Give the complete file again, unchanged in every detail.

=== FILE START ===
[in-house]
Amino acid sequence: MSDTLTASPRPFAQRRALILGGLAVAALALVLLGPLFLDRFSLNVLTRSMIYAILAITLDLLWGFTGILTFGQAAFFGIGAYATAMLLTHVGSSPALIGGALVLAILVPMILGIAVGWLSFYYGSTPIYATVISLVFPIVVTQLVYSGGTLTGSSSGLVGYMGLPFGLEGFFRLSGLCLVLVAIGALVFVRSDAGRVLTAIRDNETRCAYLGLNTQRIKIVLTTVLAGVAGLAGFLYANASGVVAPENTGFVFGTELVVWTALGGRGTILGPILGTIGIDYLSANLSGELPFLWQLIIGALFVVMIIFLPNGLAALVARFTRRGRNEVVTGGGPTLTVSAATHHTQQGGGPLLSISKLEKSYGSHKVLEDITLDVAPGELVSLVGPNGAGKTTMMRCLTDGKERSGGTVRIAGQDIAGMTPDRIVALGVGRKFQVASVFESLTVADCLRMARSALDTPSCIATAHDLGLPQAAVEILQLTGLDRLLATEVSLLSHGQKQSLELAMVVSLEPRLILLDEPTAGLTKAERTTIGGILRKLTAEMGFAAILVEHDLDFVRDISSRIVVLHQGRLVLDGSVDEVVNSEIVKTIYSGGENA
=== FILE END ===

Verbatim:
[in-house]
Amino acid sequence: MSDTLTASPRPFAQRRALILGGLAVAALALVLLGPLFLDRFSLNVLTRSMIYAILAITLDLLWGFTGILTFGQAAFFGIGAYATAMLLTHVGSSPALIGGALVLAILVPMILGIAVGWLSFYYGSTPIYATVISLVFPIVVTQLVYSGGTLTGSSSGLVGYMGLPFGLEGFFRLSGLCLVLVAIGALVFVRSDAGRVLTAIRDNETRCAYLGLNTQRIKIVLTTVLAGVAGLAGFLYANASGVVAPENTGFVFGTELVVWTALGGRGTILGPILGTIGIDYLSANLSGELPFLWQLIIGALFVVMIIFLPNGLAALVARFTRRGRNEVVTGGGPTLTVSAATHHTQQGGGPLLSISKLEKSYGSHKVLEDITLDVAPGELVSLVGPNGAGKTTMMRCLTDGKERSGGTVRIAGQDIAGMTPDRIVALGVGRKFQVASVFESLTVADCLRMARSALDTPSCIATAHDLGLPQAAVEILQLTGLDRLLATEVSLLSHGQKQSLELAMVVSLEPRLILLDEPTAGLTKAERTTIGGILRKLTAEMGFAAILVEHDLDFVRDISSRIVVLHQGRLVLDGSVDEVVNSEIVKTIYSGGENA